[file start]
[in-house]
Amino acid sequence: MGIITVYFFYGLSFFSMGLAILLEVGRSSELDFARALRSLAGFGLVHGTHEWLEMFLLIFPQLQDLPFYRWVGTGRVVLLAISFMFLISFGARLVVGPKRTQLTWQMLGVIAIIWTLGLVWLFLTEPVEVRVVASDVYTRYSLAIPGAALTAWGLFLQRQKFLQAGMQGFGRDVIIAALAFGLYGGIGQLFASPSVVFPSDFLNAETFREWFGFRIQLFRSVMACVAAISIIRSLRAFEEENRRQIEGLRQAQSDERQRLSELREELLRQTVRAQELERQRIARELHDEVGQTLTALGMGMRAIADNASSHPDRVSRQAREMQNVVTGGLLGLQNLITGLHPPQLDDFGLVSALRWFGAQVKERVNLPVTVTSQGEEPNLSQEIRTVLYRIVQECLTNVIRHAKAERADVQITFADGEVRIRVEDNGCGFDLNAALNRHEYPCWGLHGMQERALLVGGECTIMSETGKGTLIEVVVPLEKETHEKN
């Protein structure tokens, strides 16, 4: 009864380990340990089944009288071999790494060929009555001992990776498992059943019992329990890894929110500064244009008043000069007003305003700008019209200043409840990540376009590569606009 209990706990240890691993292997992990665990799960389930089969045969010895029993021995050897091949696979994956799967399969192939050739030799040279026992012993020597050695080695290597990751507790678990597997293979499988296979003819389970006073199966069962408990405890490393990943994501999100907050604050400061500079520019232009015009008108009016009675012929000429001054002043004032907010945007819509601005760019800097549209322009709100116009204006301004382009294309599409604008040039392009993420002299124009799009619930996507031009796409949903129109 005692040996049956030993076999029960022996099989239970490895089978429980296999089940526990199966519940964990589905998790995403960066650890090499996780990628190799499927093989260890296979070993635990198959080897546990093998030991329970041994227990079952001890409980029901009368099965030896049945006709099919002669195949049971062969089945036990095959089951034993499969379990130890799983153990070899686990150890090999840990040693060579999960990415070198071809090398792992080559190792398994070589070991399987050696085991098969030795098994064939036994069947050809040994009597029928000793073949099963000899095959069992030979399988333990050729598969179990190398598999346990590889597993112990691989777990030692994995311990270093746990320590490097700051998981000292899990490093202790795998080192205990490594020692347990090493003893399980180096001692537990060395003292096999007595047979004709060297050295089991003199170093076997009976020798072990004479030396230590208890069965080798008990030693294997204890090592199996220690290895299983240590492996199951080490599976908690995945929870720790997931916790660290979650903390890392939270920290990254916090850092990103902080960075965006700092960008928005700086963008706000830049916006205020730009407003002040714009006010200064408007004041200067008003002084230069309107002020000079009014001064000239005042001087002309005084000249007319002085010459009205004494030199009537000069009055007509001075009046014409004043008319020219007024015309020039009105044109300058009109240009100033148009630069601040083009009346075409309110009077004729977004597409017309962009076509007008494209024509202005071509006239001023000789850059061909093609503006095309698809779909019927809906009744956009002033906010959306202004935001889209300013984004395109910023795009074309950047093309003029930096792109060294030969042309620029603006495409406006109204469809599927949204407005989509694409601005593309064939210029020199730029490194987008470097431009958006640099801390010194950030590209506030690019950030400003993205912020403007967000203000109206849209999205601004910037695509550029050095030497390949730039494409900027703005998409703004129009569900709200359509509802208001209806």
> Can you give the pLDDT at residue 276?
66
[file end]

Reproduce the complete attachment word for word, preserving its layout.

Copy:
[in-house]
Amino acid sequence: MGIITVYFFYGLSFFSMGLAILLEVGRSSELDFARALRSLAGFGLVHGTHEWLEMFLLIFPQLQDLPFYRWVGTGRVVLLAISFMFLISFGARLVVGPKRTQLTWQMLGVIAIIWTLGLVWLFLTEPVEVRVVASDVYTRYSLAIPGAALTAWGLFLQRQKFLQAGMQGFGRDVIIAALAFGLYGGIGQLFASPSVVFPSDFLNAETFREWFGFRIQLFRSVMACVAAISIIRSLRAFEEENRRQIEGLRQAQSDERQRLSELREELLRQTVRAQELERQRIARELHDEVGQTLTALGMGMRAIADNASSHPDRVSRQAREMQNVVTGGLLGLQNLITGLHPPQLDDFGLVSALRWFGAQVKERVNLPVTVTSQGEEPNLSQEIRTVLYRIVQECLTNVIRHAKAERADVQITFADGEVRIRVEDNGCGFDLNAALNRHEYPCWGLHGMQERALLVGGECTIMSETGKGTLIEVVVPLEKETHEKN
């Protein structure tokens, strides 16, 4: 009864380990340990089944009288071999790494060929009555001992990776498992059943019992329990890894929110500064244009008043000069007003305003700008019209200043409840990540376009590569606009 209990706990240890691993292997992990665990799960389930089969045969010895029993021995050897091949696979994956799967399969192939050739030799040279026992012993020597050695080695290597990751507790678990597997293979499988296979003819389970006073199966069962408990405890490393990943994501999100907050604050400061500079520019232009015009008108009016009675012929000429001054002043004032907010945007819509601005760019800097549209322009709100116009204006301004382009294309599409604008040039392009993420002299124009799009619930996507031009796409949903129109 005692040996049956030993076999029960022996099989239970490895089978429980296999089940526990199966519940964990589905998790995403960066650890090499996780990628190799499927093989260890296979070993635990198959080897546990093998030991329970041994227990079952001890409980029901009368099965030896049945006709099919002669195949049971062969089945036990095959089951034993499969379990130890799983153990070899686990150890090999840990040693060579999960990415070198071809090398792992080559190792398994070589070991399987050696085991098969030795098994064939036994069947050809040994009597029928000793073949099963000899095959069992030979399988333990050729598969179990190398598999346990590889597993112990691989777990030692994995311990270093746990320590490097700051998981000292899990490093202790795998080192205990490594020692347990090493003893399980180096001692537990060395003292096999007595047979004709060297050295089991003199170093076997009976020798072990004479030396230590208890069965080798008990030693294997204890090592199996220690290895299983240590492996199951080490599976908690995945929870720790997931916790660290979650903390890392939270920290990254916090850092990103902080960075965006700092960008928005700086963008706000830049916006205020730009407003002040714009006010200064408007004041200067008003002084230069309107002020000079009014001064000239005042001087002309005084000249007319002085010459009205004494030199009537000069009055007509001075009046014409004043008319020219007024015309020039009105044109300058009109240009100033148009630069601040083009009346075409309110009077004729977004597409017309962009076509007008494209024509202005071509006239001023000789850059061909093609503006095309698809779909019927809906009744956009002033906010959306202004935001889209300013984004395109910023795009074309950047093309003029930096792109060294030969042309620029603006495409406006109204469809599927949204407005989509694409601005593309064939210029020199730029490194987008470097431009958006640099801390010194950030590209506030690019950030400003993205912020403007967000203000109206849209999205601004910037695509550029050095030497390949730039494409900027703005998409703004129009569900709200359509509802208001209806």
> Can you give the pLDDT at residue 276?
66